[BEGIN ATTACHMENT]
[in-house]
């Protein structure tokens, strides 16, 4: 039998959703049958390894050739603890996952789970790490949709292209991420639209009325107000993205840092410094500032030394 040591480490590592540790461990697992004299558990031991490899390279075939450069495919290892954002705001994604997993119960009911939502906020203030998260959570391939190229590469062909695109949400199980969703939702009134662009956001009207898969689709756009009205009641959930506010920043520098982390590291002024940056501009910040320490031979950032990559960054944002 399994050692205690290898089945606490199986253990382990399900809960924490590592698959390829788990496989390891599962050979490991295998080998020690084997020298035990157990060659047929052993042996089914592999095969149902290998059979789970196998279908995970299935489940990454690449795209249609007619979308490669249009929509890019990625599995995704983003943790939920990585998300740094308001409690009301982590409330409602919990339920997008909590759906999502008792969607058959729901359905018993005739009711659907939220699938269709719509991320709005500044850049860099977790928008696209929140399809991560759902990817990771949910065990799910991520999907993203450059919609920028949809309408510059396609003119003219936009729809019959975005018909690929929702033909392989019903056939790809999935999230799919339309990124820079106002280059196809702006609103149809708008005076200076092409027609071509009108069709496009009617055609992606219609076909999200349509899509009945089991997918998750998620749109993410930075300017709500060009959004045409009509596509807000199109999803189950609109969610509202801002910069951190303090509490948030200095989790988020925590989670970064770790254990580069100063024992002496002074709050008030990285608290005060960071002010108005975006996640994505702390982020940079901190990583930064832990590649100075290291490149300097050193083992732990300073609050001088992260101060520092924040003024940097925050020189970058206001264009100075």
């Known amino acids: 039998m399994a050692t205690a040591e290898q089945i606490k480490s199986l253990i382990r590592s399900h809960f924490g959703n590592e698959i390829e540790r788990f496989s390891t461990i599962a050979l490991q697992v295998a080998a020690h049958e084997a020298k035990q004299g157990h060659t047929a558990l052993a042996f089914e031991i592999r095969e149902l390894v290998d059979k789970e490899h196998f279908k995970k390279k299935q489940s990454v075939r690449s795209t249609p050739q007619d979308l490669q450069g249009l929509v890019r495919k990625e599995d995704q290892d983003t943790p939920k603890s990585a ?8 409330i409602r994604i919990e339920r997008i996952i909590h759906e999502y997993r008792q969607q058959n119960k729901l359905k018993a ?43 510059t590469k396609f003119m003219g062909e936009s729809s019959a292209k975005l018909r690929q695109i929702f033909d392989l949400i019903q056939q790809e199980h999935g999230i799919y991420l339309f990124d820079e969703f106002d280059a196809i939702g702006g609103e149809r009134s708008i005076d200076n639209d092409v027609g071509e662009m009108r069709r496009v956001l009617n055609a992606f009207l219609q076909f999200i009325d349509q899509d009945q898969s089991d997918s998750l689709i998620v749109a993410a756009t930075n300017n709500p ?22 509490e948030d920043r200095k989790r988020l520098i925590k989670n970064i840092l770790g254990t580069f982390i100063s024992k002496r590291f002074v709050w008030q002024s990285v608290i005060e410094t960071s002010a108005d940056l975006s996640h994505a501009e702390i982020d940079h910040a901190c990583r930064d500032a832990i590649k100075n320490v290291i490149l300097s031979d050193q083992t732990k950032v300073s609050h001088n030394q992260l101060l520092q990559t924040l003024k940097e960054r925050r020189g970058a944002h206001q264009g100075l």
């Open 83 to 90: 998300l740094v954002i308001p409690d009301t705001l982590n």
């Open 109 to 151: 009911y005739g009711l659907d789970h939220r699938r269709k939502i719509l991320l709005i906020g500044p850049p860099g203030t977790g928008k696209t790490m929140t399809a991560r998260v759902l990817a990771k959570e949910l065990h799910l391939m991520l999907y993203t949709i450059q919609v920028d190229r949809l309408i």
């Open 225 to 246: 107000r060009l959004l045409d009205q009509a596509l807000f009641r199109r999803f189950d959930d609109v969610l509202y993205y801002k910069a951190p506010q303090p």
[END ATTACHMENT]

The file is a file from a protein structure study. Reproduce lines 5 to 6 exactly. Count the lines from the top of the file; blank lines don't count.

């Open 109 to 151: 009911y005739g009711l659907d789970h939220r699938r269709k939502i719509l991320l709005i906020g500044p850049p860099g203030t977790g928008k696209t790490m929140t399809a991560r998260v759902l990817a990771k959570e949910l065990h799910l391939m991520l999907y993203t949709i450059q919609v920028d190229r949809l309408i």
């Open 225 to 246: 107000r060009l959004l045409d009205q009509a596509l807000f009641r199109r999803f189950d959930d609109v969610l509202y993205y801002k910069a951190p506010q303090p």